Arrington Cunningham composite

Republican Katie Arrington and Democrat Joe Cunningham are both running for office in South Carolina's 1st Congressional District.

Poor South Carolina Democrats.

They’ve got this Charlie Brown-like optimism — or naivete — that one day they’ll actually kick that football … or win an election.

Last week, the Democratic Congressional Campaign Committee announced it would put resources (money) into Joe Cunningham’s race to win the 1st District congressional seat. They say the lawyer, small business owner and ocean engineer is their best shot to win the 1st in decades.

Which is what the Democrats always say. And then the Republicans always laugh and pull the football away come November.

This year will likely be no different.

Sure, the DCCC has some reason for optimism. The Republican mayors of towns along the coast have rushed to endorse Cunningham because his opponent, GOP state Rep. Katie Arrington, said she supported offshore drilling (but later said that she didn’t necessarily mean here).

And Arrington’s attack on Cunningham last week seemed sort of desperate for July.

Then there’s that fabled blue wave, which has washed over several special congressional elections in the past year, flipping seats as Democrats outperformed traditional turnout by 10 or 20 percent. The 1st District only has an 11-point GOP advantage.

Finally, the district’s demographics are slowly changing.

If the Democrats can flip any congressional seat in South Carolina, it’s the 1st District.

Just don’t bet on it.

Numbers don't add up

Admittedly, it’s hard to gauge the 1st District.

Since it was redrawn to include Beaufort County after the 2010 Census, there has been no serious contest in a non-presidential year. Congressman Mark Sanford ran unopposed in 2014.

In 2016, however, Sanford carried more than 58 percent of the vote. But that was a presidential election, which generates higher turnout — and he was running against a Democrat who said we need to colonize another planet.

That guy got 37 percent, so you’d figure a, well, less interstellar candidate like Cunningham would fare better.

Still, in 2016 the Dems would have had to flip more than 35,000 votes between Beaufort, Berkeley, Charleston and Dorchester counties (a sliver of the district is in Colleton County). That’s a tall order, which is why South Carolina politicos are skeptical.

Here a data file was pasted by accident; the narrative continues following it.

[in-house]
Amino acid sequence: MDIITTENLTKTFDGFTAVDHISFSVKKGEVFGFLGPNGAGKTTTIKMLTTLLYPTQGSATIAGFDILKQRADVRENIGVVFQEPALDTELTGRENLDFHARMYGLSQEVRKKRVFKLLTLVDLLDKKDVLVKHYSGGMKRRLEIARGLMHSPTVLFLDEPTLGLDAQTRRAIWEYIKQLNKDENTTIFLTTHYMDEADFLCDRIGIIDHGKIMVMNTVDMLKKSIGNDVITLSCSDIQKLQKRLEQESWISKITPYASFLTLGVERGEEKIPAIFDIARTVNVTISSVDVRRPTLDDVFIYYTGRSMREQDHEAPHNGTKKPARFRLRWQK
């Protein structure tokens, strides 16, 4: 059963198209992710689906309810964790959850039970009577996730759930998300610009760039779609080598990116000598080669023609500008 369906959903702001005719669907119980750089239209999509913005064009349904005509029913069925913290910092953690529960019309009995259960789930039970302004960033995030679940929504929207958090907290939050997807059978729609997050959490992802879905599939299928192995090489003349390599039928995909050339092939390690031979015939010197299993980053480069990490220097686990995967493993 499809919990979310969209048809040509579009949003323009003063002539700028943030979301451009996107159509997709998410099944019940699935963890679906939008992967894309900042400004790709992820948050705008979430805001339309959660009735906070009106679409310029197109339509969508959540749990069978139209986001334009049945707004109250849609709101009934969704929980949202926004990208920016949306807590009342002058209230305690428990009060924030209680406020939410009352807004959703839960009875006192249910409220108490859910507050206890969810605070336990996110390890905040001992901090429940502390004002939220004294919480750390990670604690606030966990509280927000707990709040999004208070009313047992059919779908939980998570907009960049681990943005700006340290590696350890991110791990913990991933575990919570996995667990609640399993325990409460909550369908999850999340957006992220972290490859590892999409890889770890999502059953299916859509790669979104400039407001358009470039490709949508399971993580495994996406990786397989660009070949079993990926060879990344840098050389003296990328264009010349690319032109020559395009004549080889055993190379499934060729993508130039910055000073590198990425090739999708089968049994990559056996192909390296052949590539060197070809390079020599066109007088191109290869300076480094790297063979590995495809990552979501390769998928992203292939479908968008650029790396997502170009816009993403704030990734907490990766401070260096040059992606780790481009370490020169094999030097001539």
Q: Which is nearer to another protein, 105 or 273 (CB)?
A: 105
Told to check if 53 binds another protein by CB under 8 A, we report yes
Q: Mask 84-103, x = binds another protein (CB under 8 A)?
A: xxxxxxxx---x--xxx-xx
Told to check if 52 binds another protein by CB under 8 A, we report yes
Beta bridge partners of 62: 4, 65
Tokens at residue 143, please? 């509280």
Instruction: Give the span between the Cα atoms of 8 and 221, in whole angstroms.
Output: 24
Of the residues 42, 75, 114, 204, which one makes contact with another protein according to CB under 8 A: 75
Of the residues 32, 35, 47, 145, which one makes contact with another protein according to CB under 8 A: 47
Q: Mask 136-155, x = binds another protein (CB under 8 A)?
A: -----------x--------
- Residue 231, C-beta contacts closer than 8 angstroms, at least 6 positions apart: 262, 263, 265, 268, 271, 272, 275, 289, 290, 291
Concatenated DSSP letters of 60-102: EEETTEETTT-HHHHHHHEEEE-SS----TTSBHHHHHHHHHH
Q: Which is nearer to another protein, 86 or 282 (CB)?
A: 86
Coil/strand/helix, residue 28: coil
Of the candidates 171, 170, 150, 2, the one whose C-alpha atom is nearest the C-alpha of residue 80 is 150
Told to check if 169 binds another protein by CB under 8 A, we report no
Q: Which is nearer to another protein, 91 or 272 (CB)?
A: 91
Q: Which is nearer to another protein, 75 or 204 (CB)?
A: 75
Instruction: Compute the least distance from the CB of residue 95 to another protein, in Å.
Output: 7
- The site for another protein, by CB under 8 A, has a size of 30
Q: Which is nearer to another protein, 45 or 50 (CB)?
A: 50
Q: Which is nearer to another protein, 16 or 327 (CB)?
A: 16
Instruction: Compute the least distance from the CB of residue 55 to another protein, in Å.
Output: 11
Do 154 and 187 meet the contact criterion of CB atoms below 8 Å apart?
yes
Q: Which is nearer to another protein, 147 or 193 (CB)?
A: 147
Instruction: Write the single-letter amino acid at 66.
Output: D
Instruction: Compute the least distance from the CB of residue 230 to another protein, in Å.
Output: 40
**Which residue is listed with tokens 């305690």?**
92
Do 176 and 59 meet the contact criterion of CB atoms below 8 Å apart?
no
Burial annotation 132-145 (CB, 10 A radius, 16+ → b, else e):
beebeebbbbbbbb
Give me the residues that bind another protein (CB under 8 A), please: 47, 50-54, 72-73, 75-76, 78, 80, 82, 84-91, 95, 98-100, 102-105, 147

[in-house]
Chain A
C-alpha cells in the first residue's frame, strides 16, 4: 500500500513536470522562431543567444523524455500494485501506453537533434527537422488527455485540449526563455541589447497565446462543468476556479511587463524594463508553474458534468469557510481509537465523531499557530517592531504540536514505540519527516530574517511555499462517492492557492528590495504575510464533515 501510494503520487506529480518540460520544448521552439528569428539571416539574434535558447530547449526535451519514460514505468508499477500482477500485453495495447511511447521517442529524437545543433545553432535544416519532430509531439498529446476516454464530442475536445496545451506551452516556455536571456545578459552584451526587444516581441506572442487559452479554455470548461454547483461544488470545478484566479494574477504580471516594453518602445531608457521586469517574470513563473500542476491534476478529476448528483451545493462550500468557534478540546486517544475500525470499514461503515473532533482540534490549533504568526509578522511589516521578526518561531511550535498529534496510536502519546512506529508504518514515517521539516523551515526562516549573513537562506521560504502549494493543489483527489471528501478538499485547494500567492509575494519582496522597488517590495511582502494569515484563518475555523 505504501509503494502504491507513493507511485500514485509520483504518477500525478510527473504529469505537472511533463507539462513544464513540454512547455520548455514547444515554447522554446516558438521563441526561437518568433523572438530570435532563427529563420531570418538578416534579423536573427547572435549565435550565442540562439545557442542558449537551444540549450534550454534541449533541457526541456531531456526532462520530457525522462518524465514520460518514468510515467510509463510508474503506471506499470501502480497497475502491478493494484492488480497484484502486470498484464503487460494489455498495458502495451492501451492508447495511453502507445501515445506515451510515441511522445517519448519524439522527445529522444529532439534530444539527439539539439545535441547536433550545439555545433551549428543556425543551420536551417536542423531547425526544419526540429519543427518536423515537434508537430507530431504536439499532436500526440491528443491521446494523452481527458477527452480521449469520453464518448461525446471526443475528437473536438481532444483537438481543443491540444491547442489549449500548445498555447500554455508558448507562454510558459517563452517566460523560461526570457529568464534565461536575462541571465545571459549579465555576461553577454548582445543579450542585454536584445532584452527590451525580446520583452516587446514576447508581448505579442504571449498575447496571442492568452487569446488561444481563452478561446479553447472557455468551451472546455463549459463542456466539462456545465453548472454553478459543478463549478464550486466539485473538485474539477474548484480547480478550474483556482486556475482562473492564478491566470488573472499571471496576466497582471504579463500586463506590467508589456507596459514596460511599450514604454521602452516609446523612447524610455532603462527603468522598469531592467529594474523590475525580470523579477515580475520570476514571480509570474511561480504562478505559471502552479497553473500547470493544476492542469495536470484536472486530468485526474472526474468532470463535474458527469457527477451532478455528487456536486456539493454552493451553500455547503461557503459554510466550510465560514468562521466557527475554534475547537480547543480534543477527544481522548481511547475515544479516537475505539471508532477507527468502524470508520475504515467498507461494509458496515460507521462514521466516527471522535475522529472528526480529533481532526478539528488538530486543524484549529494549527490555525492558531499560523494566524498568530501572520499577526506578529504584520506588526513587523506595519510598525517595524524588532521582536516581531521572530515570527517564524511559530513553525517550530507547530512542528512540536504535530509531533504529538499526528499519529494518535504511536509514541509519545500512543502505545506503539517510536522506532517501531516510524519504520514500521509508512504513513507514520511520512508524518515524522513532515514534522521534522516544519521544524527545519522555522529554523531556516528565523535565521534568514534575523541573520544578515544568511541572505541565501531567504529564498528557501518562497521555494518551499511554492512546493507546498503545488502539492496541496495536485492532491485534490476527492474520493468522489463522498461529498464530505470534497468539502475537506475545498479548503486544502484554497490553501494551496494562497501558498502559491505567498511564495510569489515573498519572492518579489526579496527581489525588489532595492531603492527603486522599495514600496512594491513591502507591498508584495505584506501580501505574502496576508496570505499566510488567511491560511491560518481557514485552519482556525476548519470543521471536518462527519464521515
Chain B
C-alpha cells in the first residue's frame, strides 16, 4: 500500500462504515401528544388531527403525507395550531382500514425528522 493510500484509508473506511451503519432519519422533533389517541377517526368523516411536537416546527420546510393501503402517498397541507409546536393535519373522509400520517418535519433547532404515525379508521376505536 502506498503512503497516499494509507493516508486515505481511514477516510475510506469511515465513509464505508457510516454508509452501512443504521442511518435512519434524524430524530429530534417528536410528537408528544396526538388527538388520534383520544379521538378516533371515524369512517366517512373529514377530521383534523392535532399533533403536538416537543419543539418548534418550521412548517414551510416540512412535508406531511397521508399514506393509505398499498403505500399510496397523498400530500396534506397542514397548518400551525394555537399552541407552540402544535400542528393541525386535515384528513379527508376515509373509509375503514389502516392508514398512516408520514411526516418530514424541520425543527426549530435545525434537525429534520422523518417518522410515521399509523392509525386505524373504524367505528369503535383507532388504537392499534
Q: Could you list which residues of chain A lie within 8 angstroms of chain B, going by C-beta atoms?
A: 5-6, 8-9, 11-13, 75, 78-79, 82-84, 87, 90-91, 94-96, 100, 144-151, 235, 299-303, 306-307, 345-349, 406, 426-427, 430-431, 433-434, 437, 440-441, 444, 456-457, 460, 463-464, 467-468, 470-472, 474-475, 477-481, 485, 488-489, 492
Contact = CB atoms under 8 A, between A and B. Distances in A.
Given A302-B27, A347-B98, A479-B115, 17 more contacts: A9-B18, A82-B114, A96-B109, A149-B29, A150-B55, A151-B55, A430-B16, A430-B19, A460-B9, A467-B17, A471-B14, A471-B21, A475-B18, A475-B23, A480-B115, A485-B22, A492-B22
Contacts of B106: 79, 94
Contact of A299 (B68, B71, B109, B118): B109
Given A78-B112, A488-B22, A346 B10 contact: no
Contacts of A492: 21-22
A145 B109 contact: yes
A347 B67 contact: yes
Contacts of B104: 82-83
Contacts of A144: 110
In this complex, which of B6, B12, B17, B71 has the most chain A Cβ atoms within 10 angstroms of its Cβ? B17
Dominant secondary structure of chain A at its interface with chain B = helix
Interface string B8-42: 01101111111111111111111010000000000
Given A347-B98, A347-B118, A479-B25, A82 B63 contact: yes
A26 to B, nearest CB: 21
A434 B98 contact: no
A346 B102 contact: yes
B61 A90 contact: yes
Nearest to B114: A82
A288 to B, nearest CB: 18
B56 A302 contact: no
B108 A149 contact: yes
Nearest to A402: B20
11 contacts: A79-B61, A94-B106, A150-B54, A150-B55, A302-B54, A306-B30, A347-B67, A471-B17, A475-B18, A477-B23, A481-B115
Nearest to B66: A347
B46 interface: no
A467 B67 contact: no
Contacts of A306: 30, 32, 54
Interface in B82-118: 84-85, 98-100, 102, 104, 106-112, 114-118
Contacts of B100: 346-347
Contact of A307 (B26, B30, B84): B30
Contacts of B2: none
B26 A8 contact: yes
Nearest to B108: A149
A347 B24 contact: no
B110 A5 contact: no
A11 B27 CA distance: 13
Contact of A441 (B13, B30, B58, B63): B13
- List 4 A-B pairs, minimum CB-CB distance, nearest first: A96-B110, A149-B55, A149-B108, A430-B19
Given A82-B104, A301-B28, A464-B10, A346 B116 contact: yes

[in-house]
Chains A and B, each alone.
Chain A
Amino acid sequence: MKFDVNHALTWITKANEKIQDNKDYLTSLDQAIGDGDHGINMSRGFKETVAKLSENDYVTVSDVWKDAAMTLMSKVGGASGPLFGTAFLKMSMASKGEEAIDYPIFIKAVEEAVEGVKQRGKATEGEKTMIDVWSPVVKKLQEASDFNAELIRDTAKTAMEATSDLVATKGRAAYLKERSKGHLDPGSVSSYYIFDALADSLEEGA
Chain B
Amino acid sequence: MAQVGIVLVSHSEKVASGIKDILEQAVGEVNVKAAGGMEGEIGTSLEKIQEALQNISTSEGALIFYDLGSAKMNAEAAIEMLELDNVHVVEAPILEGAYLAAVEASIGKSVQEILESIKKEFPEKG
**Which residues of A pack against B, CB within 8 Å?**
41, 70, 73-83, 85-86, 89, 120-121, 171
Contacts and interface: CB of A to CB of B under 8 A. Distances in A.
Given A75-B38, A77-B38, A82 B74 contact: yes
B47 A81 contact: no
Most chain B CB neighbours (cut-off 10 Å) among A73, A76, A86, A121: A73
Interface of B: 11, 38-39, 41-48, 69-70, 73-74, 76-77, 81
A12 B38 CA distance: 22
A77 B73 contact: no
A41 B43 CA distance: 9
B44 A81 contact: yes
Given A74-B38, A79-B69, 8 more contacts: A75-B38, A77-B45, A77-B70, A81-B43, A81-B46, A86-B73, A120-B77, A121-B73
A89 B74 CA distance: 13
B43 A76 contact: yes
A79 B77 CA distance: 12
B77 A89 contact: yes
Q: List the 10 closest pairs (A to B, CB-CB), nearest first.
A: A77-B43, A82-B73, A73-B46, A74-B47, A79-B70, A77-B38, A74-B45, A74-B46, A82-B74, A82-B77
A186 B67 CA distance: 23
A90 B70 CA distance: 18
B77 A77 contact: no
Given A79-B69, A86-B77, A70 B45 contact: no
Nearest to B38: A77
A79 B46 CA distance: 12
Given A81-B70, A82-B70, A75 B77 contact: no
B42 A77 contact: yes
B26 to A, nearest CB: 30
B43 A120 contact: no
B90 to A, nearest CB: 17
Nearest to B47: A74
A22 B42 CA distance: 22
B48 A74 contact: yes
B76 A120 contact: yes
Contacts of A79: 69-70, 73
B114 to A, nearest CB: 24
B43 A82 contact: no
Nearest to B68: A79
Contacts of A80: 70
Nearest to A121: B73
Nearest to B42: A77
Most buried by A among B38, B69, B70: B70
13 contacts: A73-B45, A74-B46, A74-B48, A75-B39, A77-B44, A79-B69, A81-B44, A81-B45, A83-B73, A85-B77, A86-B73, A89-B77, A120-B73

“I would imagine Arrington will win fairly handily,” says veteran South Carolina political scientist Neal Thigpen. “Cunningham will paint her as a clone of Trump, but there are enough Trumpites and hardcore Republicans who will vote for any Republican nominee.”

Thigpen says the offshore drilling issue plays well, as does independence, but neither are probably enough to push Cunningham over the top.

There is some question about the effect of all the new residents of the district, particularly in Bluffton and southern Berkeley County. Those communities are drawing a lot of retirees, as recent Census numbers confirmed, and many of them come from the North and Midwest — places not so solidly in lockstep with Republican politics.

But are there 35,000 of them?

A decided disadvantage

Some of this is just insurance.

A Cunningham win is only improbable, not impossible, and the Democrats don’t want to get caught napping like they did in 2014 — when Sanford got a free pass. After the filing deadline, Sanford went on an embarrassing Facebook confessional. Most people think he would’ve been toast if he’d had an opponent. Any opponent.

So, it’s like the lottery. You can’t win if you don’t play.

That’s part of this. Of course, the Democrats also know that any money they put into turning out Cunningham’s voters will likely help gubernatorial candidate James Smith. And they have similar hopes about his race against Gov. Henry McMaster.

Anything can happen in an election, but the bottom line is the congressional districts in this state are drawn by a GOP-dominated Legislature. Lawmakers have spread the 6th District across 18 counties to soak up as many Democratic precincts as possible, leaving the half-dozen other districts safely in GOP hands. It’s a pretty foolproof blueprint.

When Beaufort, Dorchester and Berkeley typically go higher than 60 percent for the Republican candidate, there’s not a lot of room for a Democrat to make up that deficit in Charleston.

If Cunningham is going to win, a mere wave won’t do it. He’s gonna need a tsunami.

Reach Brian Hicks at bhicks@postandcourier.com.

Reach Brian Hicks at bhicks@postandcourier.com.